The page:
JOHN WSZELAKI's career has been anything but dull. From traveling the world to working for an agency that runs 348 liguor stores and collaborates with law enforcement, his newest role is serving as chairman of The IIA's North American Board.
IN MY MORE THAN 35 YEARS AS AN INTERNAL AUDIT PRACTITIONER, I have encountered very few auditors who say their ambition when they were young was to become an internal auditor. Most end up in the position by chance and only later discover the many opportunities and benefits the profession offers. My journey to internal audit began when I was offered the choice between two positions at American Greetings Corp.--a budget analyst or a staff auditor. I chose the staff auditor position because I could not see myself doing the same tasks day in and day out, and the audit assignment offered an ever-changing work environment.
I was fortunate to spend 22 years with American Greetings, as it afforded me the opportunity to travel and work on every continent, with the exception of Antarctica. I was exposed to a variety of cultures, business practices, and, most importantly people. I had the opportunity to learn a business from all aspects and perform reviews in all areas of operations, including procurement, distribution, logistics, IT, human resources, risk management, and compliance. I learned that my work priorities could change daily and how to get up to speed quickly on issues, the environment, culture, language, and people.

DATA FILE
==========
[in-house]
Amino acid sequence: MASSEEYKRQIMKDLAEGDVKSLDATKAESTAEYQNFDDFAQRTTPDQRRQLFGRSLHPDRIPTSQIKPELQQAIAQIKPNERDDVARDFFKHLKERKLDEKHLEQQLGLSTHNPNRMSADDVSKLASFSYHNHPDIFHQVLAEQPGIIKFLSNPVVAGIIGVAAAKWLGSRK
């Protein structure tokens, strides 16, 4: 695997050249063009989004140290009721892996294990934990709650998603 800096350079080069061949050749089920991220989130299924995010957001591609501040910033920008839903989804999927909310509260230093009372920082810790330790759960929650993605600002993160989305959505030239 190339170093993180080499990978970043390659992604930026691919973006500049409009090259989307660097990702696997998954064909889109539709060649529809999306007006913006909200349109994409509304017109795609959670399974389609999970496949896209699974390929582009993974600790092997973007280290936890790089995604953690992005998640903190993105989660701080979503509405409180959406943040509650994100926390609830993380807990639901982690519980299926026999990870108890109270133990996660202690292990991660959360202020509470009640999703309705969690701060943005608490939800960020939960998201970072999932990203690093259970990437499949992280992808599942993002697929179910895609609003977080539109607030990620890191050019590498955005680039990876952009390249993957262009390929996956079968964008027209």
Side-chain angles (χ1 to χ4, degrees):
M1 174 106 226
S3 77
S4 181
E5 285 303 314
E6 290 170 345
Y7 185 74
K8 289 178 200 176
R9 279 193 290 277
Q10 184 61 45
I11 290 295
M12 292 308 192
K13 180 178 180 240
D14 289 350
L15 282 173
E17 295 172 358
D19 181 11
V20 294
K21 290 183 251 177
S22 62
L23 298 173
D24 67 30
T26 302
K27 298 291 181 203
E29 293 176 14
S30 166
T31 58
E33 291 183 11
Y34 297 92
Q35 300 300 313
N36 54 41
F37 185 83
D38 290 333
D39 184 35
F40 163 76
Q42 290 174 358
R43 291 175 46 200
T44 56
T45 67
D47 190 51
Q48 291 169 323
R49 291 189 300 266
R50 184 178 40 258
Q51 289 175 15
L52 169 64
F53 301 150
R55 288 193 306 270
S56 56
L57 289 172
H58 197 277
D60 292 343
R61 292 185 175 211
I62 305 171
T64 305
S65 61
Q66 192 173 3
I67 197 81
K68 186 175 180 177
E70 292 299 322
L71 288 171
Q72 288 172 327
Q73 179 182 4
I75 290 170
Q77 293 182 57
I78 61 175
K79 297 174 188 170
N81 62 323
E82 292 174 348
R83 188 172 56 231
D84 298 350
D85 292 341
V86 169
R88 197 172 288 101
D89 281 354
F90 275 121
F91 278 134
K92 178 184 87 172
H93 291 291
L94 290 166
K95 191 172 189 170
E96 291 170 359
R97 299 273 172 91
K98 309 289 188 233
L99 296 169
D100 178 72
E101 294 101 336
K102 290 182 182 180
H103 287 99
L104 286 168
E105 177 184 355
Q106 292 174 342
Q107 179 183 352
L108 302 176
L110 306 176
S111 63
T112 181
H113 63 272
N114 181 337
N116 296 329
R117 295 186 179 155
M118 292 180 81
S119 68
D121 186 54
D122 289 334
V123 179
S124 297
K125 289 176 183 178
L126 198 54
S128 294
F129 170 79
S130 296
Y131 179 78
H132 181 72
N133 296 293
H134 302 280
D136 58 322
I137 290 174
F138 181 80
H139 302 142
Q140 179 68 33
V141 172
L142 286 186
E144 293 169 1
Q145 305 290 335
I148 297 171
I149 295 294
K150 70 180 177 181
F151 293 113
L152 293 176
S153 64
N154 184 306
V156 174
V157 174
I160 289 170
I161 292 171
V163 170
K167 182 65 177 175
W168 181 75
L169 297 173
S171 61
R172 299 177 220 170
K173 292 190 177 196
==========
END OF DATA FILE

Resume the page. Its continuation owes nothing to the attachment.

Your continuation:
These skills proved useful when, 15 years ago, I was presented with the opportunity to launch the Internal Audit Division at the Virginia Alcoholic Beverage Control Board (VABC) in Richmond. Since taking the job, my priorities have changed daily, and I appreciate the diversity of our operations and the vast array of projects we undertake.
A UNIQUE EXPERIENCE
Fifteen years ago, Richmond was one of the few cities I had not visited. I quickly learned that the VABC's mission is "to control the distribution of alcoholic beverages; operate efficient, conveniently located retail outlets; enforce the laws of the commonwealth pertaining to alcoholic beverages and youth access to tobacco products; and provide excellent customer service, a reliable source of revenue, and effective public safety." The Board operates 348 stores in Virginia and has contributed more than US $ 1.7 billion to the commonwealth in the past five years. Our Enforcement Division has more than 100 special agents who are sworn and certified police officers, and we oversee more than 16,000 establishments licensed to sell alcohol. We work closely with the Virginia State Police; U.S. Department of Homeland Security; the Federal Bureau of Investigation; the Bureau of Alcohol, Tobacco, Firearms, and Explosives; and many local jurisdictions on law enforcement and security issues. The VABC is involved with numerous outreach efforts in the community, including Alcohol and Aging, Military Outreach, Youth Alcohol and Drug Abuse...